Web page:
Many seizures by the Allies were made without any reasonable ground for a presumption that'the property taken was of an unneutral character. The seizures cannot be said to have been made in the exercise of the old and more or less obsolete right of angary (Jus angariae) which has never been held to apply to neutral shipping except when the vessels appropriated by a belligerent to its uses were in the territorial waters of the belligerent at the time they were impressed. Even according to those authorities which hold that the right of angary still exists as a belligerent right, the neutral property that is liable to seizure thereunder, either for use or destruction, must be temporarily at least within the territory of one of the belligerents, and the use or destruction thereof must be impelled by necessity.

In 1863 an Act of Congress provided that the Secretary of the Navy and the Secretary of War might requisition any captured neutral vessel, arms, or munitions of war or other material for the use of the Government, before adjudication by a prize court, or afterwards. Great Britain protested against the provisions of this act at the time it was passed, and the Attorney General of the United States held that there was no warrant for it in international law. In The Zamora* the Judiciary Committee of the Privy Council of Great Britain also condemned the act of 1863, and held that the right to requisition neutral ships and their cargoes only exists when they have been captured and brought into a prize court for adjudication, and when the property to be taken is urgently required for use in connection with the defense of the realm, the prosecution of the war or other matters involving national security. Furthermore, it was expressly declared that it was for the court, and not the executive of the belligerent state to decide whether the right can be lawfully exercised in a particular case, and that in the absence of a real or bona fide question in prize no application for the requisition of neutral goods before condemnation would be entertained by the court else seizures known to be unwarrantable by law and, therefore, not captures at all, would be encouraged as a means by which a belligerent might obtain useful property.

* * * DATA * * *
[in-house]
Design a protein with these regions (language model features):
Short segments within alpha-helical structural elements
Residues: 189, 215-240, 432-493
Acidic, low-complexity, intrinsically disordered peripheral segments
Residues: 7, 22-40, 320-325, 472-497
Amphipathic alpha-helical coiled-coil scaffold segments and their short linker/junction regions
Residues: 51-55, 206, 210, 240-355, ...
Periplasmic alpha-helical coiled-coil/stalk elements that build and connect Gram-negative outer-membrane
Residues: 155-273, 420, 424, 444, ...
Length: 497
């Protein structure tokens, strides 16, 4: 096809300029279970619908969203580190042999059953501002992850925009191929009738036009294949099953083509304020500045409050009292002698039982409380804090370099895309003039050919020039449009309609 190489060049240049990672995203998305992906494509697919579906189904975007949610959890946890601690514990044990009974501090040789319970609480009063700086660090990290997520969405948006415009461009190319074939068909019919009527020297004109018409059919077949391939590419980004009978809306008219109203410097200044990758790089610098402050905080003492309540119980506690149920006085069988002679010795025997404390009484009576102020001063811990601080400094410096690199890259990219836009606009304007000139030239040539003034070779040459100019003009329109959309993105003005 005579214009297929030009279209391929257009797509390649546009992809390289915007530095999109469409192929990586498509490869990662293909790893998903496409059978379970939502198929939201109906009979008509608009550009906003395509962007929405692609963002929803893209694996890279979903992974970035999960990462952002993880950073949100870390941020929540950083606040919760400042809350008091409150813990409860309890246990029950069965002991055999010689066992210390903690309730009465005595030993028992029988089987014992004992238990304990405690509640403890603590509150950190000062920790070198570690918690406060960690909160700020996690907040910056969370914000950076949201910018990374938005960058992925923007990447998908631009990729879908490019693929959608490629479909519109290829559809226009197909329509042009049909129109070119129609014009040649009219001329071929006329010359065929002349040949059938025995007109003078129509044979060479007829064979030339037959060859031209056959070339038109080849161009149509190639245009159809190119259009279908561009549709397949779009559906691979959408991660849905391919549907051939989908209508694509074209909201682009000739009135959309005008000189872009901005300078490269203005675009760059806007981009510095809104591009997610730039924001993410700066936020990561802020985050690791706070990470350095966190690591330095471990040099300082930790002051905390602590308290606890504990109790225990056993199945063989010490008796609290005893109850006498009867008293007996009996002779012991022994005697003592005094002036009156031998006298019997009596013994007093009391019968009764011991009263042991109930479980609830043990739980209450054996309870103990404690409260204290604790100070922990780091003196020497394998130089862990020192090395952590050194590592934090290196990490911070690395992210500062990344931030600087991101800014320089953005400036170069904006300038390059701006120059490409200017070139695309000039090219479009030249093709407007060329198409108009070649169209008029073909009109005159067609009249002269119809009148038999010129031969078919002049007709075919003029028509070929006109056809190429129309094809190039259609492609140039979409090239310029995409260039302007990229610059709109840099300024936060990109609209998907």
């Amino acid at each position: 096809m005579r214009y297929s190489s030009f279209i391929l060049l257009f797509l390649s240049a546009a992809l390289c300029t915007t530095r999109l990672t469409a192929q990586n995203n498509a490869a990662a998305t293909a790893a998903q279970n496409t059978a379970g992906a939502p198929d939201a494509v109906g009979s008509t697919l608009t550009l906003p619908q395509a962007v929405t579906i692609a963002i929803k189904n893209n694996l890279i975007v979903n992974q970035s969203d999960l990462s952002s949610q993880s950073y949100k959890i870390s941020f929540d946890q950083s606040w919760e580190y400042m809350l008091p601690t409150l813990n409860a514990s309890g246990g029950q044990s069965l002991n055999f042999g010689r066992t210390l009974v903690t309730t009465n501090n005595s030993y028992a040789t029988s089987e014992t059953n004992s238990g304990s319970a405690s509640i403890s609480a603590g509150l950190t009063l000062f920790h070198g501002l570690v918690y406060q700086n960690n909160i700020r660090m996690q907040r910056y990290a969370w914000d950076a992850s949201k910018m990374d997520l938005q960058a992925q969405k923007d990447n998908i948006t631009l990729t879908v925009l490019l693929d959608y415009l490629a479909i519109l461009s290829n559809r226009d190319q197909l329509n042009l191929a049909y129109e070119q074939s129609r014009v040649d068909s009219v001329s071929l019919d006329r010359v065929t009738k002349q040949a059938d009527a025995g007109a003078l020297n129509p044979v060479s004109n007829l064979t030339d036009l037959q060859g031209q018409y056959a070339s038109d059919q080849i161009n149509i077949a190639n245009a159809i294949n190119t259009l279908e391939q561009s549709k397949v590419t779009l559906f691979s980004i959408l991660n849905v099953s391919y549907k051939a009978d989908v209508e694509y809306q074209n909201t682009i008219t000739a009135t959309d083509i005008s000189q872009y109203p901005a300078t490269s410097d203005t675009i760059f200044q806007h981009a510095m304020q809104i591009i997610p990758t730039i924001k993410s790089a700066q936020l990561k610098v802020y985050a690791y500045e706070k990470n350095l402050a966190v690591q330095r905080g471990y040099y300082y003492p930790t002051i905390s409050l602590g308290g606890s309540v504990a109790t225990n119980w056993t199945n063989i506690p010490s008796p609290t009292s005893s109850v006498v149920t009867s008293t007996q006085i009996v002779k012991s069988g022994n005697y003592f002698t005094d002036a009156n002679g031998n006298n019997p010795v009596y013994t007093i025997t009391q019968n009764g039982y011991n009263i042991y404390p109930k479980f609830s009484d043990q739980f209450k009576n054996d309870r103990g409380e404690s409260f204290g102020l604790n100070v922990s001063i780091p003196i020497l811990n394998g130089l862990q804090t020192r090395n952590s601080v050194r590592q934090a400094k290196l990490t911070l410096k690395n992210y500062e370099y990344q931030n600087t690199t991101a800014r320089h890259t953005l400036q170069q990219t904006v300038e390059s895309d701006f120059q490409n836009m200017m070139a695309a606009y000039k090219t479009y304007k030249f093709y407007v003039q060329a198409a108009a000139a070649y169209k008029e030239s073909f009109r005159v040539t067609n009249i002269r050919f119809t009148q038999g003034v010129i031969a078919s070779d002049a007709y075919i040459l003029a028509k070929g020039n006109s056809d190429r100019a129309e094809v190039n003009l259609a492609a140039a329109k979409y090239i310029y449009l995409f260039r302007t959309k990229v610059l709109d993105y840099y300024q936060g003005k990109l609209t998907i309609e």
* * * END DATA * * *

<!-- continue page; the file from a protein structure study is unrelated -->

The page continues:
By reason of the fact that the novel practices described, and many others, » 4 Lloyd's Prize Cases, 62 (1916).